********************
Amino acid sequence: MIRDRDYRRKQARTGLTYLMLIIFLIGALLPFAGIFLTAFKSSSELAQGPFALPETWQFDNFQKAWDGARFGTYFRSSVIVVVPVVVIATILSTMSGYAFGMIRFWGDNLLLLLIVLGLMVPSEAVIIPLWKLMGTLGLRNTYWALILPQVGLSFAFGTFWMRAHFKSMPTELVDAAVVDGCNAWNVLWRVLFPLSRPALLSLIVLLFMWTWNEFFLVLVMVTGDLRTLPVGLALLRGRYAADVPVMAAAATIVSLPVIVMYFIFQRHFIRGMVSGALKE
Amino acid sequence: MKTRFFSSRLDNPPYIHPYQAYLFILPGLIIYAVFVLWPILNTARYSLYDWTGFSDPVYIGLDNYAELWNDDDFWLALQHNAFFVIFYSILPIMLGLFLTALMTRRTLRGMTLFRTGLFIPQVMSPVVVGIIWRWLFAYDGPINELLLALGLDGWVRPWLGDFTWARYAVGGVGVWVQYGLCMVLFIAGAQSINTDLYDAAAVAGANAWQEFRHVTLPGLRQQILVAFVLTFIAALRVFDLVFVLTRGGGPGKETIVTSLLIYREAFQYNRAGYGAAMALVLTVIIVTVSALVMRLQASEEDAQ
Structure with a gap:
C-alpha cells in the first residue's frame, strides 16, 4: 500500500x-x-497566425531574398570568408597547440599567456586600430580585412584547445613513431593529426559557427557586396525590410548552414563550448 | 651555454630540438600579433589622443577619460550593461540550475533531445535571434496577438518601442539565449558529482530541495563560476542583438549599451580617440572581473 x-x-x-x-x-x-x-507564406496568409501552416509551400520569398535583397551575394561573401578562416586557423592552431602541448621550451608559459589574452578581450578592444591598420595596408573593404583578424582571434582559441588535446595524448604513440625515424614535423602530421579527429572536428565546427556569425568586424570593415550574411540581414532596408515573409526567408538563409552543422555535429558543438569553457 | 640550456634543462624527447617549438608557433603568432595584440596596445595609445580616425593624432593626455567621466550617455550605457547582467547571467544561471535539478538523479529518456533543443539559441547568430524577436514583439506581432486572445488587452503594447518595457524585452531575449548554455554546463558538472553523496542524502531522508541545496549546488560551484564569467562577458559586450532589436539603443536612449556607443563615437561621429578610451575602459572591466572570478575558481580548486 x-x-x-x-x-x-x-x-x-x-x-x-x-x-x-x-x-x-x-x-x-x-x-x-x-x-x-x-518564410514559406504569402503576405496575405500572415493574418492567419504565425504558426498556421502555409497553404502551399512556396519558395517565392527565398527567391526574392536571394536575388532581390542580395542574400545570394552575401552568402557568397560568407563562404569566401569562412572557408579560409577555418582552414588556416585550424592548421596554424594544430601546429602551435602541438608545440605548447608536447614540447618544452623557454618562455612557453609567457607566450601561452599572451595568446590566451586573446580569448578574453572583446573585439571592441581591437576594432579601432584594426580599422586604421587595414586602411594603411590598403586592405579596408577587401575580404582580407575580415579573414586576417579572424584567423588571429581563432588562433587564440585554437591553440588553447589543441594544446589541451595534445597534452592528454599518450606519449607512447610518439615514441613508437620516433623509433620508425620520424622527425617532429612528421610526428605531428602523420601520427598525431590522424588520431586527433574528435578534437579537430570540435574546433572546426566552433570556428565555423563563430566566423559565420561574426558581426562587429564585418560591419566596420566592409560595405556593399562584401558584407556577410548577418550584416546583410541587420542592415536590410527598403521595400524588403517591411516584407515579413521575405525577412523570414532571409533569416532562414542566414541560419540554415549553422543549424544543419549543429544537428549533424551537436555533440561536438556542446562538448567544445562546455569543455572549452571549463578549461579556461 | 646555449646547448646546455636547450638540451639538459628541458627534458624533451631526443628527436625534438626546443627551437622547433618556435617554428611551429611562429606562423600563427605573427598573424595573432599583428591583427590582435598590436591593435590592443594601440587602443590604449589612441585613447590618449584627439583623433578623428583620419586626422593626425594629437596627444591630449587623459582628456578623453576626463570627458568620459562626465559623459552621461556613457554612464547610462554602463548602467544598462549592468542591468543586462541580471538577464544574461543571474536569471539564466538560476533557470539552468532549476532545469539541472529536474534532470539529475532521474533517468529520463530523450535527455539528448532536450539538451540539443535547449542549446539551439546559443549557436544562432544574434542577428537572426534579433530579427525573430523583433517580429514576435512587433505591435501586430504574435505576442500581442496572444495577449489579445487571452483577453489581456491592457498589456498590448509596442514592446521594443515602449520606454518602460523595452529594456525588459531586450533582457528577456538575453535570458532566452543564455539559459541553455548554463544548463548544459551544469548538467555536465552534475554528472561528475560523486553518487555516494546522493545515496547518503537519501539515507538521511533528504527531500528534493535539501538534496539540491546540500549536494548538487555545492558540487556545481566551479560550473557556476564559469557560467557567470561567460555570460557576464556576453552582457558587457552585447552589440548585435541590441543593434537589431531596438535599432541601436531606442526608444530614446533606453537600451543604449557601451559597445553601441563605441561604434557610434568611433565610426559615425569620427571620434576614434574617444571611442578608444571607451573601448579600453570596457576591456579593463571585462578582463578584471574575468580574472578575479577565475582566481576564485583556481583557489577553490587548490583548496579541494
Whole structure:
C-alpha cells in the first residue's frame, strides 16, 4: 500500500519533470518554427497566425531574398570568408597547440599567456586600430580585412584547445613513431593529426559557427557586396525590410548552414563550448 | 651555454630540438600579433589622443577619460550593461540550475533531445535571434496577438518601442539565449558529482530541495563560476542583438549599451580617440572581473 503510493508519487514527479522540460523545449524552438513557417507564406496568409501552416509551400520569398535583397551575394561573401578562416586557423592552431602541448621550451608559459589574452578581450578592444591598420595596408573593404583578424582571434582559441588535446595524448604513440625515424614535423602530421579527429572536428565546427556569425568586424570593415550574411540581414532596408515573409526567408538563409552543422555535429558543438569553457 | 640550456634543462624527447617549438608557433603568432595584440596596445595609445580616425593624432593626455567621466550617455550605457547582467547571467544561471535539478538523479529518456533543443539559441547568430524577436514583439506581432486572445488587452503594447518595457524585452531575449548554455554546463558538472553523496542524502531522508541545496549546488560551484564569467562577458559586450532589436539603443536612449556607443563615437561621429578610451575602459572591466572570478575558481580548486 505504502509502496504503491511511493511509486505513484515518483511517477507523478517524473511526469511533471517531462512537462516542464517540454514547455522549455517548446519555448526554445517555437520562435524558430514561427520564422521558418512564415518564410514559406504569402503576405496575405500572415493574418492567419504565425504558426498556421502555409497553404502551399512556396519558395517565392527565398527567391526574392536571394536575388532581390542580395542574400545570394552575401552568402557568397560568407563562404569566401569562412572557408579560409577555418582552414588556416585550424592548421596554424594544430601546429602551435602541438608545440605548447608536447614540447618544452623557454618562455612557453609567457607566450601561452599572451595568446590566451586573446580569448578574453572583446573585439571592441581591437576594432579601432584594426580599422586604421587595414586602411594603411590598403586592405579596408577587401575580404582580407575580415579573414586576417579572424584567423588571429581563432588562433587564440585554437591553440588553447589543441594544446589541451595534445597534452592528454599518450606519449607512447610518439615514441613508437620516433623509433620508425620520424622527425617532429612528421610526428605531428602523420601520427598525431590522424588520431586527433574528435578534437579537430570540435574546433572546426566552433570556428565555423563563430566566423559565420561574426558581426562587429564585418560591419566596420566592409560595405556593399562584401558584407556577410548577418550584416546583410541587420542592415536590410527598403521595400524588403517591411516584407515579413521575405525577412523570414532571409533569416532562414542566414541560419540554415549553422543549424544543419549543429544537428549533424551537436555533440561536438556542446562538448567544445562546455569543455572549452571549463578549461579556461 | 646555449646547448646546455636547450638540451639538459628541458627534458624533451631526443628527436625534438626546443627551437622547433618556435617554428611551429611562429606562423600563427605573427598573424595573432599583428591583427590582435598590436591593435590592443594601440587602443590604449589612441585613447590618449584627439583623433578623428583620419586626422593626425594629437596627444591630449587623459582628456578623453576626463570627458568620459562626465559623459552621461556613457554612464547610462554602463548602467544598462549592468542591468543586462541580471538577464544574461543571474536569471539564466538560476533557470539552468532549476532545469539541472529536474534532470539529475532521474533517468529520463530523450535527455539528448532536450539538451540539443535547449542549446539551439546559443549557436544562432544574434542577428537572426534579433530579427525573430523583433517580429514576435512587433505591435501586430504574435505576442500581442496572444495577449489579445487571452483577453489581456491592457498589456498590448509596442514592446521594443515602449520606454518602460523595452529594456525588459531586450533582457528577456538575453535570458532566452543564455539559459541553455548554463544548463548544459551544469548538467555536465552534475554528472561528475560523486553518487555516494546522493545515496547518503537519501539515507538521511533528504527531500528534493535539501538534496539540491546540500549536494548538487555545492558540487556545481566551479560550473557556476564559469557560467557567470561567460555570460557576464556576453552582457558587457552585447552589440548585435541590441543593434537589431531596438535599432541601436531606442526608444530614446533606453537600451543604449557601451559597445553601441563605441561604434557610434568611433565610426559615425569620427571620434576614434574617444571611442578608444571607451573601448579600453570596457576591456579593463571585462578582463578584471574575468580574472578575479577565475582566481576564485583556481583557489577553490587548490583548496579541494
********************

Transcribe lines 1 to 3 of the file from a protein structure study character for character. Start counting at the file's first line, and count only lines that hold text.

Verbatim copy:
Amino acid sequence: MIRDRDYRRKQARTGLTYLMLIIFLIGALLPFAGIFLTAFKSSSELAQGPFALPETWQFDNFQKAWDGARFGTYFRSSVIVVVPVVVIATILSTMSGYAFGMIRFWGDNLLLLLIVLGLMVPSEAVIIPLWKLMGTLGLRNTYWALILPQVGLSFAFGTFWMRAHFKSMPTELVDAAVVDGCNAWNVLWRVLFPLSRPALLSLIVLLFMWTWNEFFLVLVMVTGDLRTLPVGLALLRGRYAADVPVMAAAATIVSLPVIVMYFIFQRHFIRGMVSGALKE
Amino acid sequence: MKTRFFSSRLDNPPYIHPYQAYLFILPGLIIYAVFVLWPILNTARYSLYDWTGFSDPVYIGLDNYAELWNDDDFWLALQHNAFFVIFYSILPIMLGLFLTALMTRRTLRGMTLFRTGLFIPQVMSPVVVGIIWRWLFAYDGPINELLLALGLDGWVRPWLGDFTWARYAVGGVGVWVQYGLCMVLFIAGAQSINTDLYDAAAVAGANAWQEFRHVTLPGLRQQILVAFVLTFIAALRVFDLVFVLTRGGGPGKETIVTSLLIYREAFQYNRAGYGAAMALVLTVIIVTVSALVMRLQASEEDAQ
Structure with a gap: